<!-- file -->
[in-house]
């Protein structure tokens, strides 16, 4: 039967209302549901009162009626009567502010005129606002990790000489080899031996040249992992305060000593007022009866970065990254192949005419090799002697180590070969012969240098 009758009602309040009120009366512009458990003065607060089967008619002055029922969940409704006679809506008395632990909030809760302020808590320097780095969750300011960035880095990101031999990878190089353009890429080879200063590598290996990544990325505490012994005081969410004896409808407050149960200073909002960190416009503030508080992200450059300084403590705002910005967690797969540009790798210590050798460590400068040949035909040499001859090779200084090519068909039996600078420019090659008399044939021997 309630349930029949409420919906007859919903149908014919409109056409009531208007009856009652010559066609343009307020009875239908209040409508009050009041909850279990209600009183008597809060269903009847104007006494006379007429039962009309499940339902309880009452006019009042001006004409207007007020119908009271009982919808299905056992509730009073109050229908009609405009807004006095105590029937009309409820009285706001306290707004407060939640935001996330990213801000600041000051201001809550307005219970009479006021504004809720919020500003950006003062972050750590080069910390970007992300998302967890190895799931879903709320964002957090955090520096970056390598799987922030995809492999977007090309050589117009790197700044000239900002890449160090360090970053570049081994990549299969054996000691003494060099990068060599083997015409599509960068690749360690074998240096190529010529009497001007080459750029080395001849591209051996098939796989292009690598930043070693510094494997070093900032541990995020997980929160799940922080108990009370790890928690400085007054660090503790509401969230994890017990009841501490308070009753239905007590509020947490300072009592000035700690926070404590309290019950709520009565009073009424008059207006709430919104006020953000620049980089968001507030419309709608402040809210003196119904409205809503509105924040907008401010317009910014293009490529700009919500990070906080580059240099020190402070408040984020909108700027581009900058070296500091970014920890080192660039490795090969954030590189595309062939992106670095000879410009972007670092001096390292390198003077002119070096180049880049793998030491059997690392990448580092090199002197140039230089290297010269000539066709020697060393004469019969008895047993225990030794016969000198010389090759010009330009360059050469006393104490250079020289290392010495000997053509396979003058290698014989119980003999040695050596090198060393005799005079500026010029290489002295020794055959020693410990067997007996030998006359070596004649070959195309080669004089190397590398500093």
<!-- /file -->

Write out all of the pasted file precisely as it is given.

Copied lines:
[in-house]
């Protein structure tokens, strides 16, 4: 039967209302549901009162009626009567502010005129606002990790000489080899031996040249992992305060000593007022009866970065990254192949005419090799002697180590070969012969240098 009758009602309040009120009366512009458990003065607060089967008619002055029922969940409704006679809506008395632990909030809760302020808590320097780095969750300011960035880095990101031999990878190089353009890429080879200063590598290996990544990325505490012994005081969410004896409808407050149960200073909002960190416009503030508080992200450059300084403590705002910005967690797969540009790798210590050798460590400068040949035909040499001859090779200084090519068909039996600078420019090659008399044939021997 309630349930029949409420919906007859919903149908014919409109056409009531208007009856009652010559066609343009307020009875239908209040409508009050009041909850279990209600009183008597809060269903009847104007006494006379007429039962009309499940339902309880009452006019009042001006004409207007007020119908009271009982919808299905056992509730009073109050229908009609405009807004006095105590029937009309409820009285706001306290707004407060939640935001996330990213801000600041000051201001809550307005219970009479006021504004809720919020500003950006003062972050750590080069910390970007992300998302967890190895799931879903709320964002957090955090520096970056390598799987922030995809492999977007090309050589117009790197700044000239900002890449160090360090970053570049081994990549299969054996000691003494060099990068060599083997015409599509960068690749360690074998240096190529010529009497001007080459750029080395001849591209051996098939796989292009690598930043070693510094494997070093900032541990995020997980929160799940922080108990009370790890928690400085007054660090503790509401969230994890017990009841501490308070009753239905007590509020947490300072009592000035700690926070404590309290019950709520009565009073009424008059207006709430919104006020953000620049980089968001507030419309709608402040809210003196119904409205809503509105924040907008401010317009910014293009490529700009919500990070906080580059240099020190402070408040984020909108700027581009900058070296500091970014920890080192660039490795090969954030590189595309062939992106670095000879410009972007670092001096390292390198003077002119070096180049880049793998030491059997690392990448580092090199002197140039230089290297010269000539066709020697060393004469019969008895047993225990030794016969000198010389090759010009330009360059050469006393104490250079020289290392010495000997053509396979003058290698014989119980003999040695050596090198060393005799005079500026010029290489002295020794055959020693410990067997007996030998006359070596004649070959195309080669004089190397590398500093």